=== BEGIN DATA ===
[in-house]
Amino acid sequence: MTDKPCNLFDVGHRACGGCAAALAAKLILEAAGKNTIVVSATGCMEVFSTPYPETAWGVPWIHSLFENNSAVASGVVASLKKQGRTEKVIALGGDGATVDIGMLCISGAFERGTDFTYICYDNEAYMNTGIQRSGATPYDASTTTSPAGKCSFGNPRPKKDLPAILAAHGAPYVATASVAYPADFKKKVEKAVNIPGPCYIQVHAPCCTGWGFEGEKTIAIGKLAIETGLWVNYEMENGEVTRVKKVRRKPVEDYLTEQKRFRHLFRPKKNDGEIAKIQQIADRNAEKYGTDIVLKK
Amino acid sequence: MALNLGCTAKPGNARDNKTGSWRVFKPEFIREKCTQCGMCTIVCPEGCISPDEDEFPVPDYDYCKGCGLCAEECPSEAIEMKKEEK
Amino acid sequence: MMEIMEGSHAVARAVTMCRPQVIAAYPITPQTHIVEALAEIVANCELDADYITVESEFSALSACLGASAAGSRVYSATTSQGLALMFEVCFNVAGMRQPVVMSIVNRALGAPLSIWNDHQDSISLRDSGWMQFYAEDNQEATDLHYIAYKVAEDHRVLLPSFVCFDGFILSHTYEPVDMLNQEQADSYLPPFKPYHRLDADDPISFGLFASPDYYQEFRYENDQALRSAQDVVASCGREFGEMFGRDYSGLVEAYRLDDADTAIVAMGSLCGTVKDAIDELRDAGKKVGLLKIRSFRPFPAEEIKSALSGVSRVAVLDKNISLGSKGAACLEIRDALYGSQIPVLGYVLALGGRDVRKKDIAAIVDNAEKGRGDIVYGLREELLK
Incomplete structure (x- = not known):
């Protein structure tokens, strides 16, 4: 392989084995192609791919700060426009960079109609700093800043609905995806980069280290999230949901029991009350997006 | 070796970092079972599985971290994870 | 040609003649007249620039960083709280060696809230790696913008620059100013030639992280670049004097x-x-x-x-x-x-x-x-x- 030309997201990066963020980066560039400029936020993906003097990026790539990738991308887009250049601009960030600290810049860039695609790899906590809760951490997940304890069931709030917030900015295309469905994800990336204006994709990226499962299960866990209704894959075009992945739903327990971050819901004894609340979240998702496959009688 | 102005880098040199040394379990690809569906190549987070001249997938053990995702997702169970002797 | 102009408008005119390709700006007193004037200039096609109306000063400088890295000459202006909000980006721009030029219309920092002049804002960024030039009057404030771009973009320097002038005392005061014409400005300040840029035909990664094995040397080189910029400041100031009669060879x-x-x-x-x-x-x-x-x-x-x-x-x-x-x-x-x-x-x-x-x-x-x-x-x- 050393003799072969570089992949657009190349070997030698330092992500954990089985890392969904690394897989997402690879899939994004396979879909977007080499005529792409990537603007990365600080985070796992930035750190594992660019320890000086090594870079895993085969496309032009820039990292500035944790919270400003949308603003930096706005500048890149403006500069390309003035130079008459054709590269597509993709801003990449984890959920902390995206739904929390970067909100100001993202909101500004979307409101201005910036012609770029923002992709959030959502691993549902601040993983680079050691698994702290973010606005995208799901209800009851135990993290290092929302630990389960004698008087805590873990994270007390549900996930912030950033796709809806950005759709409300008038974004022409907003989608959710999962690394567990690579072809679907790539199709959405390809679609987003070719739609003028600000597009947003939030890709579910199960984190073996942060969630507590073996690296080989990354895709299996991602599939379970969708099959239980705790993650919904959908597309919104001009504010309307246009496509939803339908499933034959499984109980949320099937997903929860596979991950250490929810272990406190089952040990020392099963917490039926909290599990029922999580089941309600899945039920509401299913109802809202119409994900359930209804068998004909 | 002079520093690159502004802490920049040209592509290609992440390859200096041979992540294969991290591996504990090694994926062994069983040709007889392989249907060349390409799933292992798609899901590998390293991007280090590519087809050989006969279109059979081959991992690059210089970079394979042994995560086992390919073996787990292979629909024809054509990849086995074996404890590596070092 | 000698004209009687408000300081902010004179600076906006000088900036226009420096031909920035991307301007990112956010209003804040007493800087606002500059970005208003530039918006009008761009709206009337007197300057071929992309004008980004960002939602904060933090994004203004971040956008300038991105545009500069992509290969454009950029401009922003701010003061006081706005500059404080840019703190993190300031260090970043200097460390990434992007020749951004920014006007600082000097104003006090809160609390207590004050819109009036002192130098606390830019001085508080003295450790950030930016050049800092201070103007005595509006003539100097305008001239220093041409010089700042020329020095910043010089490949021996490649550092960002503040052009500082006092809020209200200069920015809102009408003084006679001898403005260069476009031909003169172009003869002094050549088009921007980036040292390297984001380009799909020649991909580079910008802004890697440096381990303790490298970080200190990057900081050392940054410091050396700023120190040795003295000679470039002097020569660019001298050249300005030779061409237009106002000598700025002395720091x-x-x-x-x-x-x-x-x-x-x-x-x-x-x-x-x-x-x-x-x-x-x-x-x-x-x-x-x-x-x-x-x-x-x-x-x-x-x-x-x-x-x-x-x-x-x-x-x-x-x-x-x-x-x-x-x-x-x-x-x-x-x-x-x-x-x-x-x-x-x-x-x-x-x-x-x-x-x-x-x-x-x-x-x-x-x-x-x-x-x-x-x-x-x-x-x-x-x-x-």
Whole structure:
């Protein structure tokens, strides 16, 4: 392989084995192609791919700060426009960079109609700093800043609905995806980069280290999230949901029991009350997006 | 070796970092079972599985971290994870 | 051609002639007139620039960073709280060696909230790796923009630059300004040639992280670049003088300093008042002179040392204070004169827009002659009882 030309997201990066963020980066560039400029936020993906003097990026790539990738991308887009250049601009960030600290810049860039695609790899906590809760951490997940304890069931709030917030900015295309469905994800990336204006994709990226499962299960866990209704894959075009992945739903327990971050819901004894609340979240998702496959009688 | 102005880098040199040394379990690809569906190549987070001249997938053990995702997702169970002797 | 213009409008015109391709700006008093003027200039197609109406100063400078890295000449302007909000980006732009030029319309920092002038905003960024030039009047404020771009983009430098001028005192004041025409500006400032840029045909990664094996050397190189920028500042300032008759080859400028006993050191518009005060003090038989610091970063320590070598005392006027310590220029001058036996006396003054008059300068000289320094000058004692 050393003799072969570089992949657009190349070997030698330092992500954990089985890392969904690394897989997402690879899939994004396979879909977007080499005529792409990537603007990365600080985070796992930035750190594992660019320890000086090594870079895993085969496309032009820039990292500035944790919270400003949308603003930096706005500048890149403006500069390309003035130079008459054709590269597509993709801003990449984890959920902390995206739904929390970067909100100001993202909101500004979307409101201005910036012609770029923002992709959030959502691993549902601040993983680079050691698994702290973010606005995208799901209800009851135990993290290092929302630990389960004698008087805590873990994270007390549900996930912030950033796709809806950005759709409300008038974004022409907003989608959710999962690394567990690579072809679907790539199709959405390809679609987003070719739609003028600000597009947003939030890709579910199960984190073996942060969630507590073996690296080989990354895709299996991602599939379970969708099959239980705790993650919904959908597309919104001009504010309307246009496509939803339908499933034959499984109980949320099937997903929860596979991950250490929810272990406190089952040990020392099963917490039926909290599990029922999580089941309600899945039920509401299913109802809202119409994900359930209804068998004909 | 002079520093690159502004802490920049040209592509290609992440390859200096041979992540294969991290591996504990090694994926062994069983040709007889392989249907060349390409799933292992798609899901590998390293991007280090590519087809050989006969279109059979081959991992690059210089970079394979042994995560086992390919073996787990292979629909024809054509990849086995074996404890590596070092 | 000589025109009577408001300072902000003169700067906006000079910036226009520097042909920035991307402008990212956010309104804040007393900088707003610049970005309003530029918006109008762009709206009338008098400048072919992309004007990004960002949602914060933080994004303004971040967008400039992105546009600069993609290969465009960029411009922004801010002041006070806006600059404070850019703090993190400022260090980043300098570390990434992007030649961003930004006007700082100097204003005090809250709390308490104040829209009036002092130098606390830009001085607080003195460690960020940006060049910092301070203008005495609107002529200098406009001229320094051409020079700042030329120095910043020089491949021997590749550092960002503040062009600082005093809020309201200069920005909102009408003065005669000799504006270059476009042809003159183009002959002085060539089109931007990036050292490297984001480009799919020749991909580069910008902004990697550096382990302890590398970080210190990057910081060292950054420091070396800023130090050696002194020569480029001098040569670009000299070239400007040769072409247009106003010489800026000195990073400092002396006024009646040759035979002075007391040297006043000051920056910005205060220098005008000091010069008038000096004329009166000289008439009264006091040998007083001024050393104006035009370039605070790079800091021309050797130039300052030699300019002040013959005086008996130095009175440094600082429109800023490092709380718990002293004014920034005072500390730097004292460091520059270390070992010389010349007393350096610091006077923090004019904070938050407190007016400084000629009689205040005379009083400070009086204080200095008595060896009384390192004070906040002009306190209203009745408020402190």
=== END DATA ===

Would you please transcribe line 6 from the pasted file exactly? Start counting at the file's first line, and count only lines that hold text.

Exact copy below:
């Protein structure tokens, strides 16, 4: 392989084995192609791919700060426009960079109609700093800043609905995806980069280290999230949901029991009350997006 | 070796970092079972599985971290994870 | 040609003649007249620039960083709280060696809230790696913008620059100013030639992280670049004097x-x-x-x-x-x-x-x-x- 030309997201990066963020980066560039400029936020993906003097990026790539990738991308887009250049601009960030600290810049860039695609790899906590809760951490997940304890069931709030917030900015295309469905994800990336204006994709990226499962299960866990209704894959075009992945739903327990971050819901004894609340979240998702496959009688 | 102005880098040199040394379990690809569906190549987070001249997938053990995702997702169970002797 | 102009408008005119390709700006007193004037200039096609109306000063400088890295000459202006909000980006721009030029219309920092002049804002960024030039009057404030771009973009320097002038005392005061014409400005300040840029035909990664094995040397080189910029400041100031009669060879x-x-x-x-x-x-x-x-x-x-x-x-x-x-x-x-x-x-x-x-x-x-x-x-x- 050393003799072969570089992949657009190349070997030698330092992500954990089985890392969904690394897989997402690879899939994004396979879909977007080499005529792409990537603007990365600080985070796992930035750190594992660019320890000086090594870079895993085969496309032009820039990292500035944790919270400003949308603003930096706005500048890149403006500069390309003035130079008459054709590269597509993709801003990449984890959920902390995206739904929390970067909100100001993202909101500004979307409101201005910036012609770029923002992709959030959502691993549902601040993983680079050691698994702290973010606005995208799901209800009851135990993290290092929302630990389960004698008087805590873990994270007390549900996930912030950033796709809806950005759709409300008038974004022409907003989608959710999962690394567990690579072809679907790539199709959405390809679609987003070719739609003028600000597009947003939030890709579910199960984190073996942060969630507590073996690296080989990354895709299996991602599939379970969708099959239980705790993650919904959908597309919104001009504010309307246009496509939803339908499933034959499984109980949320099937997903929860596979991950250490929810272990406190089952040990020392099963917490039926909290599990029922999580089941309600899945039920509401299913109802809202119409994900359930209804068998004909 | 002079520093690159502004802490920049040209592509290609992440390859200096041979992540294969991290591996504990090694994926062994069983040709007889392989249907060349390409799933292992798609899901590998390293991007280090590519087809050989006969279109059979081959991992690059210089970079394979042994995560086992390919073996787990292979629909024809054509990849086995074996404890590596070092 | 000698004209009687408000300081902010004179600076906006000088900036226009420096031909920035991307301007990112956010209003804040007493800087606002500059970005208003530039918006009008761009709206009337007197300057071929992309004008980004960002939602904060933090994004203004971040956008300038991105545009500069992509290969454009950029401009922003701010003061006081706005500059404080840019703190993190300031260090970043200097460390990434992007020749951004920014006007600082000097104003006090809160609390207590004050819109009036002192130098606390830019001085508080003295450790950030930016050049800092201070103007005595509006003539100097305008001239220093041409010089700042020329020095910043010089490949021996490649550092960002503040052009500082006092809020209200200069920015809102009408003084006679001898403005260069476009031909003169172009003869002094050549088009921007980036040292390297984001380009799909020649991909580079910008802004890697440096381990303790490298970080200190990057900081050392940054410091050396700023120190040795003295000679470039002097020569660019001298050249300005030779061409237009106002000598700025002395720091x-x-x-x-x-x-x-x-x-x-x-x-x-x-x-x-x-x-x-x-x-x-x-x-x-x-x-x-x-x-x-x-x-x-x-x-x-x-x-x-x-x-x-x-x-x-x-x-x-x-x-x-x-x-x-x-x-x-x-x-x-x-x-x-x-x-x-x-x-x-x-x-x-x-x-x-x-x-x-x-x-x-x-x-x-x-x-x-x-x-x-x-x-x-x-x-x-x-x-x-």